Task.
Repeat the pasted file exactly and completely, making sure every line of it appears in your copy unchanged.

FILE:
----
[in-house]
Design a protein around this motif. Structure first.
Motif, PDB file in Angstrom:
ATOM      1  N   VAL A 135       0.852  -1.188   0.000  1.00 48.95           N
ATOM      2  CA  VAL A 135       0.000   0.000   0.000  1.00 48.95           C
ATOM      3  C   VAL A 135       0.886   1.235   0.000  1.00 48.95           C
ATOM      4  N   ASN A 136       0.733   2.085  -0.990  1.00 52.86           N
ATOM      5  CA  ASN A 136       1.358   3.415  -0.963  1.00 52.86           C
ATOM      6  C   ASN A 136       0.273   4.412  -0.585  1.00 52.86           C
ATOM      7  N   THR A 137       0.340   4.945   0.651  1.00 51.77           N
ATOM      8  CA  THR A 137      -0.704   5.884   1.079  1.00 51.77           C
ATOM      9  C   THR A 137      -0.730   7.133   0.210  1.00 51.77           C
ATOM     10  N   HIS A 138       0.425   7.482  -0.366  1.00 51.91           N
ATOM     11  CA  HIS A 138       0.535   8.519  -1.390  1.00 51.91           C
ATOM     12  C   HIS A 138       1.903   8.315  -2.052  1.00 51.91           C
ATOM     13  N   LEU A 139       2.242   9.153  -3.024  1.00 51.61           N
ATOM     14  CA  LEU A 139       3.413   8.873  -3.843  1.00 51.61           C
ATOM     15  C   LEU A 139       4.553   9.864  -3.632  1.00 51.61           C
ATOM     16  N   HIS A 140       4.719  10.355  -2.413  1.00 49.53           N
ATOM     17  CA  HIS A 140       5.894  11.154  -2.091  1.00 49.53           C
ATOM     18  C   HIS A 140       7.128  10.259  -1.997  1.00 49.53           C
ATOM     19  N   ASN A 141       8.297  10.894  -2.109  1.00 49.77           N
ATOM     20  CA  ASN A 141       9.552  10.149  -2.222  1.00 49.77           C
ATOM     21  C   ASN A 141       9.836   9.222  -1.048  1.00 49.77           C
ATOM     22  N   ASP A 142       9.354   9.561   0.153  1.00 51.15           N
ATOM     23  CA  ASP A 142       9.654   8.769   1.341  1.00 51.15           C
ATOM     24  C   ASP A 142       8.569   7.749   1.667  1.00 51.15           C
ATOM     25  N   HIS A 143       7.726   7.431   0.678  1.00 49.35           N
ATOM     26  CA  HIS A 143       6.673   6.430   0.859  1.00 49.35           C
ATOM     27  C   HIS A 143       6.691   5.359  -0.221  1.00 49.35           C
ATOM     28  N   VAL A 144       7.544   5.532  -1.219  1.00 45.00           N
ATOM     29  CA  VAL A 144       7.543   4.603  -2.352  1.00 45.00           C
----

[in-house]
Design a protein around this motif. Structure first.
Motif, PDB file in Angstrom:
ATOM      1  N   VAL A 135       0.852  -1.188   0.000  1.00 48.95           N
ATOM      2  CA  VAL A 135       0.000   0.000   0.000  1.00 48.95           C
ATOM      3  C   VAL A 135       0.886   1.235   0.000  1.00 48.95           C
ATOM      4  N   ASN A 136       0.733   2.085  -0.990  1.00 52.86           N
ATOM      5  CA  ASN A 136       1.358   3.415  -0.963  1.00 52.86           C
ATOM      6  C   ASN A 136       0.273   4.412  -0.585  1.00 52.86           C
ATOM      7  N   THR A 137       0.340   4.945   0.651  1.00 51.77           N
ATOM      8  CA  THR A 137      -0.704   5.884   1.079  1.00 51.77           C
ATOM      9  C   THR A 137      -0.730   7.133   0.210  1.00 51.77           C
ATOM     10  N   HIS A 138       0.425   7.482  -0.366  1.00 51.91           N
ATOM     11  CA  HIS A 138       0.535   8.519  -1.390  1.00 51.91           C
ATOM     12  C   HIS A 138       1.903   8.315  -2.052  1.00 51.91           C
ATOM     13  N   LEU A 139       2.242   9.153  -3.024  1.00 51.61           N
ATOM     14  CA  LEU A 139       3.413   8.873  -3.843  1.00 51.61           C
ATOM     15  C   LEU A 139       4.553   9.864  -3.632  1.00 51.61           C
ATOM     16  N   HIS A 140       4.719  10.355  -2.413  1.00 49.53           N
ATOM     17  CA  HIS A 140       5.894  11.154  -2.091  1.00 49.53           C
ATOM     18  C   HIS A 140       7.128  10.259  -1.997  1.00 49.53           C
ATOM     19  N   ASN A 141       8.297  10.894  -2.109  1.00 49.77           N
ATOM     20  CA  ASN A 141       9.552  10.149  -2.222  1.00 49.77           C
ATOM     21  C   ASN A 141       9.836   9.222  -1.048  1.00 49.77           C
ATOM     22  N   ASP A 142       9.354   9.561   0.153  1.00 51.15           N
ATOM     23  CA  ASP A 142       9.654   8.769   1.341  1.00 51.15           C
ATOM     24  C   ASP A 142       8.569   7.749   1.667  1.00 51.15           C
ATOM     25  N   HIS A 143       7.726   7.431   0.678  1.00 49.35           N
ATOM     26  CA  HIS A 143       6.673   6.430   0.859  1.00 49.35           C
ATOM     27  C   HIS A 143       6.691   5.359  -0.221  1.00 49.35           C
ATOM     28  N   VAL A 144       7.544   5.532  -1.219  1.00 45.00           N
ATOM     29  CA  VAL A 144       7.543   4.603  -2.352  1.00 45.00           C